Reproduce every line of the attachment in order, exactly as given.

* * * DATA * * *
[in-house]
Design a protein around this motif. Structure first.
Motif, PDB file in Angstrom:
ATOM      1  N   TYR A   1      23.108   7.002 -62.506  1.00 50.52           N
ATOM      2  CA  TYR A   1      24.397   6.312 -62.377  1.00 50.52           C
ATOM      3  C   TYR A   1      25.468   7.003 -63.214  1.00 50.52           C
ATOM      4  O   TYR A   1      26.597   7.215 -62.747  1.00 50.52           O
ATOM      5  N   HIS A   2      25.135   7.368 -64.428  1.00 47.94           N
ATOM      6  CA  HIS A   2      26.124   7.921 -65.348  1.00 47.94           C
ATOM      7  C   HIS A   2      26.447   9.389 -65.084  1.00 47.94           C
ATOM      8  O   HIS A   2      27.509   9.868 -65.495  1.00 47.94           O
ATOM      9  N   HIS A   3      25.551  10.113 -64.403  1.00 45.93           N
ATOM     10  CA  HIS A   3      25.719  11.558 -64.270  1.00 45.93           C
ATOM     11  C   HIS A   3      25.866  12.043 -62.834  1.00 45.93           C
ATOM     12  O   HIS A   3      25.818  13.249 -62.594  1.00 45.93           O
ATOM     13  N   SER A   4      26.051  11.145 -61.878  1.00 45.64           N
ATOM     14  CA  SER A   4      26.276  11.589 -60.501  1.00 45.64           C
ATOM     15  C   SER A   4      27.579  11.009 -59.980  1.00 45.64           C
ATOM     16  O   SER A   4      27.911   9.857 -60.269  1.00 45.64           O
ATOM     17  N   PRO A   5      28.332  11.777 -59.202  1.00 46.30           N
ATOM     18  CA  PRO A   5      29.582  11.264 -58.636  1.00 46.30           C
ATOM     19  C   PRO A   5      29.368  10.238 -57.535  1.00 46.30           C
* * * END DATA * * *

[in-house]
Design a protein around this motif. Structure first.
Motif, PDB file in Angstrom:
ATOM      1  N   TYR A   1      23.108   7.002 -62.506  1.00 50.52           N
ATOM      2  CA  TYR A   1      24.397   6.312 -62.377  1.00 50.52           C
ATOM      3  C   TYR A   1      25.468   7.003 -63.214  1.00 50.52           C
ATOM      4  O   TYR A   1      26.597   7.215 -62.747  1.00 50.52           O
ATOM      5  N   HIS A   2      25.135   7.368 -64.428  1.00 47.94           N
ATOM      6  CA  HIS A   2      26.124   7.921 -65.348  1.00 47.94           C
ATOM      7  C   HIS A   2      26.447   9.389 -65.084  1.00 47.94           C
ATOM      8  O   HIS A   2      27.509   9.868 -65.495  1.00 47.94           O
ATOM      9  N   HIS A   3      25.551  10.113 -64.403  1.00 45.93           N
ATOM     10  CA  HIS A   3      25.719  11.558 -64.270  1.00 45.93           C
ATOM     11  C   HIS A   3      25.866  12.043 -62.834  1.00 45.93           C
ATOM     12  O   HIS A   3      25.818  13.249 -62.594  1.00 45.93           O
ATOM     13  N   SER A   4      26.051  11.145 -61.878  1.00 45.64           N
ATOM     14  CA  SER A   4      26.276  11.589 -60.501  1.00 45.64           C
ATOM     15  C   SER A   4      27.579  11.009 -59.980  1.00 45.64           C
ATOM     16  O   SER A   4      27.911   9.857 -60.269  1.00 45.64           O
ATOM     17  N   PRO A   5      28.332  11.777 -59.202  1.00 46.30           N
ATOM     18  CA  PRO A   5      29.582  11.264 -58.636  1.00 46.30           C
ATOM     19  C   PRO A   5      29.368  10.238 -57.535  1.00 46.30           C